Monday, April 6, 2015

The Imperial Presidency

US blogger Mark Steyn often writes about how the US presidency has become more and more imperial in its affectations - the 40-car motorcades, the clearing of entire golf courses so the US president can play a round, and how the current president requires over 4,000 hotel rooms for his entourage when he travels to Australia.

I experienced some of this excess when I was in Cambodia recently. My trip to the South-east Asia nation happened to coincide with the US First Lady's visit, during which she demonstrated that she can blow the US taxpayers' dollars at a rate that is every bit as impressive as her husband's self-indulgence. It seemed that Michelle Obama was determined to dog our every step during the few days we were in Cambodia. Our aircraft was late arriving in Siem Reap because, we were informed, Michelle Obama's aircraft was ahead of ours. Then we discovered whole sections of Siem Reap were barricaded off, necessitating a slow and circuitous route wherever we went.

The next day when we visited Angkor Wat we were informed that we could not climb to the top of that magnificent structure because (yes, you guessed it) Michelle Obama was planning to visit some time that day. This was in the morning and no one seemed to know at what hour the US First Lady would actually arrive, but someone (presumably the US Secret Service) had decided it was necessary to close the entire historic site on the off-chance that she might turn up at any time. It was only when I complained loudly that the embarrassed Cambodian officials relented and allowed my wife and I to climb the structure and we were the last allowed to do so. The next day we flew to Phnom Penh and our aircraft was delayed again as the entire airport waited for Her Royal Highness Michelle's airplane to depart. Contrast this pretentious, monarchical spectacle with the genuine article - the heir to the British throne, Prince William, humbly flying 'coach'.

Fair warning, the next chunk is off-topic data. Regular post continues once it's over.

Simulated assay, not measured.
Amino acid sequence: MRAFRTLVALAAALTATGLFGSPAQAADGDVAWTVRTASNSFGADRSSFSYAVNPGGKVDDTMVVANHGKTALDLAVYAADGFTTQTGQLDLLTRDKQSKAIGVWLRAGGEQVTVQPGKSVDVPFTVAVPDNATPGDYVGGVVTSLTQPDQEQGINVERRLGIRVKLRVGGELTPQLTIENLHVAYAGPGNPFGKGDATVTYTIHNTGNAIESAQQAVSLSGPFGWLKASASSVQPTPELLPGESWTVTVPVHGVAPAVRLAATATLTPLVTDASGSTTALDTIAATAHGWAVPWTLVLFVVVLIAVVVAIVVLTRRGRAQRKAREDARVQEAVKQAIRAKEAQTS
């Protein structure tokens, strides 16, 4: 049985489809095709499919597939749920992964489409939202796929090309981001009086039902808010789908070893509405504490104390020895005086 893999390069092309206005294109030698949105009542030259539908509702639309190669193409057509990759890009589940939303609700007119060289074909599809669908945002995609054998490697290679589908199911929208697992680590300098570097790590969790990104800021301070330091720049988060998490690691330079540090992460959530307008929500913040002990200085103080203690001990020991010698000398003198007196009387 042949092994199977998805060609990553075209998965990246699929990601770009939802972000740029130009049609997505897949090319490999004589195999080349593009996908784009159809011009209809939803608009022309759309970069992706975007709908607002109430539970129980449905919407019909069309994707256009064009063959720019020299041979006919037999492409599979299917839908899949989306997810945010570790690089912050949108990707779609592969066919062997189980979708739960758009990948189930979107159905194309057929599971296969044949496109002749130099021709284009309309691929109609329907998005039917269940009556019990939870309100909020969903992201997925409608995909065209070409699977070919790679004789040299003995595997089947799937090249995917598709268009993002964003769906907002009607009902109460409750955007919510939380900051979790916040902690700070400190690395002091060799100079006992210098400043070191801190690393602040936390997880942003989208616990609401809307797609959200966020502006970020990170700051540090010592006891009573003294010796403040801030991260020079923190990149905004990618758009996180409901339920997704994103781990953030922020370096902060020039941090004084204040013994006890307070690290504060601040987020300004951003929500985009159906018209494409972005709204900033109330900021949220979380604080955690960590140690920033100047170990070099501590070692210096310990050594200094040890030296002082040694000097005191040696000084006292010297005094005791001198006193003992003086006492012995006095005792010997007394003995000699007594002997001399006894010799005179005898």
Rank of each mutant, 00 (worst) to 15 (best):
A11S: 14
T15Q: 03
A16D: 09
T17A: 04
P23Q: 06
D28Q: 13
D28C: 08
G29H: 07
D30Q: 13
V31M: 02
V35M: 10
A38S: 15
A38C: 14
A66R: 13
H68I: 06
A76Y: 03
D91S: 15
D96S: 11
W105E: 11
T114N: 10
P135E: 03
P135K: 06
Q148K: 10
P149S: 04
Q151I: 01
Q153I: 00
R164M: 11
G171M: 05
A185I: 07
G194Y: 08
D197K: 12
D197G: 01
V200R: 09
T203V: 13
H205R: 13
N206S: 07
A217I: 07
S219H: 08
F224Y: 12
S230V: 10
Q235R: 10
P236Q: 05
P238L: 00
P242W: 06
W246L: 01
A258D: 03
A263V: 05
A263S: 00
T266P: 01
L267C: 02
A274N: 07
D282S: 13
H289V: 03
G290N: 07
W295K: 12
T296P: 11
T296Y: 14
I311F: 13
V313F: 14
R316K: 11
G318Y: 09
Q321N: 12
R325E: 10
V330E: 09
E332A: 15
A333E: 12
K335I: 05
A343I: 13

Here in New Zealand, where we can still run into our politicians walking unaccompanied along Lambton Quay (the main shopping thoroughfare of Wellington), we think there is something very unsavoury about elected leaders affecting all the pretensions of imperial rule. Of course leaders need to be kept safe, but that can be done without the theatre that accompanies the US president and his court whenever one of them ventures out into the world.

1 comment:

paul scott said...

Too funny, and it certainly would have irked me too.